• Out of Bounds

Na's misfires painful for all concerned

ESPN staff
May 16, 2012
Kevin Na's swing has come in for increased attention © Getty Images

Let's get one thing clear - nobody enjoys it when Kevin Na is contending at the top of leaderboard on the weekend.

The PGA Tour, for one, must hate it. To have Na - and the frustrating waggles, half-swings and intentional whiffs that come with him - firmly in the mix at their most important non-major event must have been up there among commissioner Tim Finchem's worst case scenarios.

Finchem could probably picture the fans turning off their televisions as he watched Na - belatedly - claim the lead at Sawgrass heading into Sunday's final rounds.

Make no mistake, however, as hard as it was for the tour and the fans to watch Na, the man himself is not enjoying the suffering at all either.

The American is already struggling to feel comfortable over the ball - the result of recent swing changes with his coach - but the problem is only magnified when the pressure increases. Add on top of that the understandable restlessness of spectators - some of whom even heckled Na on Sunday - and it can take him anything up to a minute from address to actually hit the ball.

"I'm trying to get comfortable with my waggles," Na said, during a press conference on Saturday that was never less than brutally honest. "It's usually a little waggle, half waggle, little waggle, half waggle, and boom, supposed to pull the trigger.

"But if it doesn't work, I've got to go in pairs. So it'll go four; and if it doesn't work, it'll go six; and after that, just... there's a lot going on in my head."

That's the problem for Na, one that has often been overlooked in the rush to question his 'foibles'. It's not an intention thing, a matter of technique - it's simply a physical manifestation of some mental frailties.

Sergio Garcia went through a similar problem a number of years ago - re-gripping ahead of shots as many as 20 times, as he simply could not get into a position where he felt comfortable and ready to hit a good shot. On occasions, the issue caused him such anguish that he would literally walk away from the ball screaming in frustration.

Na hasn't got to that level quite yet, but he is trying his best to address the problem. Unfortunately, the slower he goes, the better he seems to play - while the more he speeds up, the quicker his swing falls apart. In the cut-throat world of professional golf, it's no surprise he errs on the side of caution, especially with his livelihood at stake.

The problems come, however, when the spectators begin to react negatively to him - as they did during the final round of The Players, as some critical comments were heard on the way to a round of 76 that saw him slip out of contention.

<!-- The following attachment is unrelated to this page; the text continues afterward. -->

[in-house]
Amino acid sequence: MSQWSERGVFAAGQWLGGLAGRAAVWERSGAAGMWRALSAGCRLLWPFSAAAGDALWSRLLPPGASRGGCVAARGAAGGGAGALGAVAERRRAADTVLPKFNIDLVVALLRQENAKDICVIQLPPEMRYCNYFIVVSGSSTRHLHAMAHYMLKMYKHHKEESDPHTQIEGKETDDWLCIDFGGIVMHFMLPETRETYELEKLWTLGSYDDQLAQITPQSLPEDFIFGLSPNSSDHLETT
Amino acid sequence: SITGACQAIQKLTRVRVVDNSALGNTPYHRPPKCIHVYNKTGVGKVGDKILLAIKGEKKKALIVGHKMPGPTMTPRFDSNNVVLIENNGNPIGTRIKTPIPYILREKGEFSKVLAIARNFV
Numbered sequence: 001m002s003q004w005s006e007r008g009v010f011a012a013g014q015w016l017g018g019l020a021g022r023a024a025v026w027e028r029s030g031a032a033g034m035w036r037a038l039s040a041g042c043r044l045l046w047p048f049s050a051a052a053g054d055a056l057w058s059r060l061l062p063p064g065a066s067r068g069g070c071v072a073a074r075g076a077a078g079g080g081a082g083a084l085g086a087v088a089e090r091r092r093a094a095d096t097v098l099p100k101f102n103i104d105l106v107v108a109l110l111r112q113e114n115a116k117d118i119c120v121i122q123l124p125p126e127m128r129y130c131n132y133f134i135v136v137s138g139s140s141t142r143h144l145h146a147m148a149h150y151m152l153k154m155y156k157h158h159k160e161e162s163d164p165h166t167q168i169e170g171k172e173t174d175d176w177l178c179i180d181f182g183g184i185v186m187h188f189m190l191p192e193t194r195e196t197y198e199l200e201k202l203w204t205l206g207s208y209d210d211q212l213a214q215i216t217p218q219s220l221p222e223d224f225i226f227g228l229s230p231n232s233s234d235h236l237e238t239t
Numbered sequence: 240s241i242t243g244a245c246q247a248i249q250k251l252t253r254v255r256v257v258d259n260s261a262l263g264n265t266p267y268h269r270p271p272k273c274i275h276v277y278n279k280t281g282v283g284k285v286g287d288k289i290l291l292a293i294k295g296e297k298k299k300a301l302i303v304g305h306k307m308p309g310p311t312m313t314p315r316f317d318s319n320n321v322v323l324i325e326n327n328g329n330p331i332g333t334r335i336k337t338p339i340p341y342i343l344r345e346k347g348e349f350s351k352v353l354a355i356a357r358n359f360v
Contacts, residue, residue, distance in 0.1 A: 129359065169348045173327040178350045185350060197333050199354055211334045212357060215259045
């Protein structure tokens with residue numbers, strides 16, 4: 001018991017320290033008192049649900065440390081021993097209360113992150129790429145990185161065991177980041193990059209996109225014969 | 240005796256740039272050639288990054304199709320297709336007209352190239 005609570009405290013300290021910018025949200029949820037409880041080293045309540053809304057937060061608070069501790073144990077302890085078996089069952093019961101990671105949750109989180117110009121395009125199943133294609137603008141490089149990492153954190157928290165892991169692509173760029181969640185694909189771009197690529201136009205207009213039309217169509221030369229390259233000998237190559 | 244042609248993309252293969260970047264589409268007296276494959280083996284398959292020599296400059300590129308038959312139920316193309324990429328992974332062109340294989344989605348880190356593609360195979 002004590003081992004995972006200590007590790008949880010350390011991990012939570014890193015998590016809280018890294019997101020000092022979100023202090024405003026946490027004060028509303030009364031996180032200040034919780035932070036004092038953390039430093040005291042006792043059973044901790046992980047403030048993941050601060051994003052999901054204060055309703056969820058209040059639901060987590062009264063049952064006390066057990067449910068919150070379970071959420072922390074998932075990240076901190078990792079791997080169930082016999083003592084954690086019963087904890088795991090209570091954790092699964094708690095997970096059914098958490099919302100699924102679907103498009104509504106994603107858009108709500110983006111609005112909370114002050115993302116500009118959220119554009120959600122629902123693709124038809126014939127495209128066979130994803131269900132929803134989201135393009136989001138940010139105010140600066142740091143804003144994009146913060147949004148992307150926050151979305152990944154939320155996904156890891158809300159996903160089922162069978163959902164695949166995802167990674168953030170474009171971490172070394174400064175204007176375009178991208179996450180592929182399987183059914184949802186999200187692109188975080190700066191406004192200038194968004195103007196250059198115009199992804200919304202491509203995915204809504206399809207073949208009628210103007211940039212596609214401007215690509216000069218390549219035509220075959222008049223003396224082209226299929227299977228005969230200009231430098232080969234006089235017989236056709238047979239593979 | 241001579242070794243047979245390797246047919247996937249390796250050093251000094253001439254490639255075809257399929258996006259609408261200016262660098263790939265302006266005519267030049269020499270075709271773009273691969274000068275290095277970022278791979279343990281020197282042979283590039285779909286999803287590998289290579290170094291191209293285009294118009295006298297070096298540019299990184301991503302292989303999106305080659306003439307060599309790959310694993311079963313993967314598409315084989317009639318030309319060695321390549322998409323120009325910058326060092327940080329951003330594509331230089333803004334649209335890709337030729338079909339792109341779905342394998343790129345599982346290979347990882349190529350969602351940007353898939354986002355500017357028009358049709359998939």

"Most of the people were great, but there's always some hecklers out there, like I was getting ready to get over the ball and you can just hear them saying, 'Hit it!'" Na said. "And I backed off and they're booing me. I said, 'Look, guys I backed off because of you'. It's not like I backed off because I couldn't pull the trigger.

"But I also felt that a lot of people were turning towards me and pulling for me, which I really appreciate."

He added: "Honestly part of it, I deserve it. But is it fair, no. You put an average guy in between those ropes, trust me, they won't even [be able to take a swing at the ball]."

Slow play is a massive problem in golf, one that certainly needs to be addressed - but Na needs to be cut a little more slack. His pace of play is not entirely intentional on his part, and he does as much as he can to negate it - almost running between shots on Sunday to minimise the amount of waiting around playing partner (and eventual winner) Matt Kuchar had to do.

The PGA Tour needs to attack the scourge of slow play, but a tour-wide policy is preferrable to individual punishment. It's the college players coming into the professional game who believe it is fine to take five hours over a sub-70 round (or at least have never known anything different) that will cause golf as much long-term trouble as Na's current, exacerbated plight.

Na is frustrating to watch, but he's trying to rectify the issue. Having waited for him for so long already, surely we can all give him a little more time to try and achieve that?

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